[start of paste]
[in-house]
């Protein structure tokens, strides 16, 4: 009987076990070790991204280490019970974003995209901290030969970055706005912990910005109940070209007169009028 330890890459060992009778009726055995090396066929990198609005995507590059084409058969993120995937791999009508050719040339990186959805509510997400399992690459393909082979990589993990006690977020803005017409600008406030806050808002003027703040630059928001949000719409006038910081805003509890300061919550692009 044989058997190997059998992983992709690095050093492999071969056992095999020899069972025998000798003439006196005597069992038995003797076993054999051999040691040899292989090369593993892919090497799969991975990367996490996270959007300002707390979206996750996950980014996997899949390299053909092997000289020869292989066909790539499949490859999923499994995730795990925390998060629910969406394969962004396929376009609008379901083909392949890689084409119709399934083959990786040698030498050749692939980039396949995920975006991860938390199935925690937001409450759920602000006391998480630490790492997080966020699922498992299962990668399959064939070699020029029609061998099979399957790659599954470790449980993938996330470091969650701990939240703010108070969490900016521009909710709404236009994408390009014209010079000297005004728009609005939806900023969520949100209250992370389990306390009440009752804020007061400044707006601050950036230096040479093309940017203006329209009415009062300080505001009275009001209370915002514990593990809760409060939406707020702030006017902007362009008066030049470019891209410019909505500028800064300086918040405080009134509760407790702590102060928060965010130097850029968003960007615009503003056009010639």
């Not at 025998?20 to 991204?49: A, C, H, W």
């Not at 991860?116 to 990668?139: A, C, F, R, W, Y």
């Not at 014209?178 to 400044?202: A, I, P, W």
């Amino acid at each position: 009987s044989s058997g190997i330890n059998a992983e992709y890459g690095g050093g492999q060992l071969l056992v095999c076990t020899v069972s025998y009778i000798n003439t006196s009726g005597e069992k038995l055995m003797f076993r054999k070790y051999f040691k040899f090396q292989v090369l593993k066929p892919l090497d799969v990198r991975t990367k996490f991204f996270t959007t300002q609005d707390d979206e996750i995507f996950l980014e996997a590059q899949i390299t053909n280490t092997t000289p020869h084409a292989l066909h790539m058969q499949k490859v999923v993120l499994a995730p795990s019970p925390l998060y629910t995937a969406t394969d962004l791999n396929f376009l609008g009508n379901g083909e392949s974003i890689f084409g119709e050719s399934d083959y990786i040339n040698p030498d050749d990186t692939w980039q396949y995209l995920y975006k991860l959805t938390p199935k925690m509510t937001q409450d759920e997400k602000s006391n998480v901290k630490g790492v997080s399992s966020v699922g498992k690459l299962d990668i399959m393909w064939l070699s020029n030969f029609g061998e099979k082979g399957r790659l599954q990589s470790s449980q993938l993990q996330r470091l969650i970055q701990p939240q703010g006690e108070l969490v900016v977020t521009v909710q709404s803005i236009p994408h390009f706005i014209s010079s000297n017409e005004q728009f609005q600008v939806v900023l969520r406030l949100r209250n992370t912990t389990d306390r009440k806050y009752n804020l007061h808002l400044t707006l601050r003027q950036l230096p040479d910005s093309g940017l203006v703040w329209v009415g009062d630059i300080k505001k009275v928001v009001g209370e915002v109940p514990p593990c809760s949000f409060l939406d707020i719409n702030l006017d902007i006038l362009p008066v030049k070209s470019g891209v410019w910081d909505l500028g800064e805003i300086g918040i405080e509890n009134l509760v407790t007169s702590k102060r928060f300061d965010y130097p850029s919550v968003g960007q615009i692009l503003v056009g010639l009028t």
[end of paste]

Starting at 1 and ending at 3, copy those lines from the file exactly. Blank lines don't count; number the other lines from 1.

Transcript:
[in-house]
């Protein structure tokens, strides 16, 4: 009987076990070790991204280490019970974003995209901290030969970055706005912990910005109940070209007169009028 330890890459060992009778009726055995090396066929990198609005995507590059084409058969993120995937791999009508050719040339990186959805509510997400399992690459393909082979990589993990006690977020803005017409600008406030806050808002003027703040630059928001949000719409006038910081805003509890300061919550692009 044989058997190997059998992983992709690095050093492999071969056992095999020899069972025998000798003439006196005597069992038995003797076993054999051999040691040899292989090369593993892919090497799969991975990367996490996270959007300002707390979206996750996950980014996997899949390299053909092997000289020869292989066909790539499949490859999923499994995730795990925390998060629910969406394969962004396929376009609008379901083909392949890689084409119709399934083959990786040698030498050749692939980039396949995920975006991860938390199935925690937001409450759920602000006391998480630490790492997080966020699922498992299962990668399959064939070699020029029609061998099979399957790659599954470790449980993938996330470091969650701990939240703010108070969490900016521009909710709404236009994408390009014209010079000297005004728009609005939806900023969520949100209250992370389990306390009440009752804020007061400044707006601050950036230096040479093309940017203006329209009415009062300080505001009275009001209370915002514990593990809760409060939406707020702030006017902007362009008066030049470019891209410019909505500028800064300086918040405080009134509760407790702590102060928060965010130097850029968003960007615009503003056009010639």
């Not at 025998?20 to 991204?49: A, C, H, W």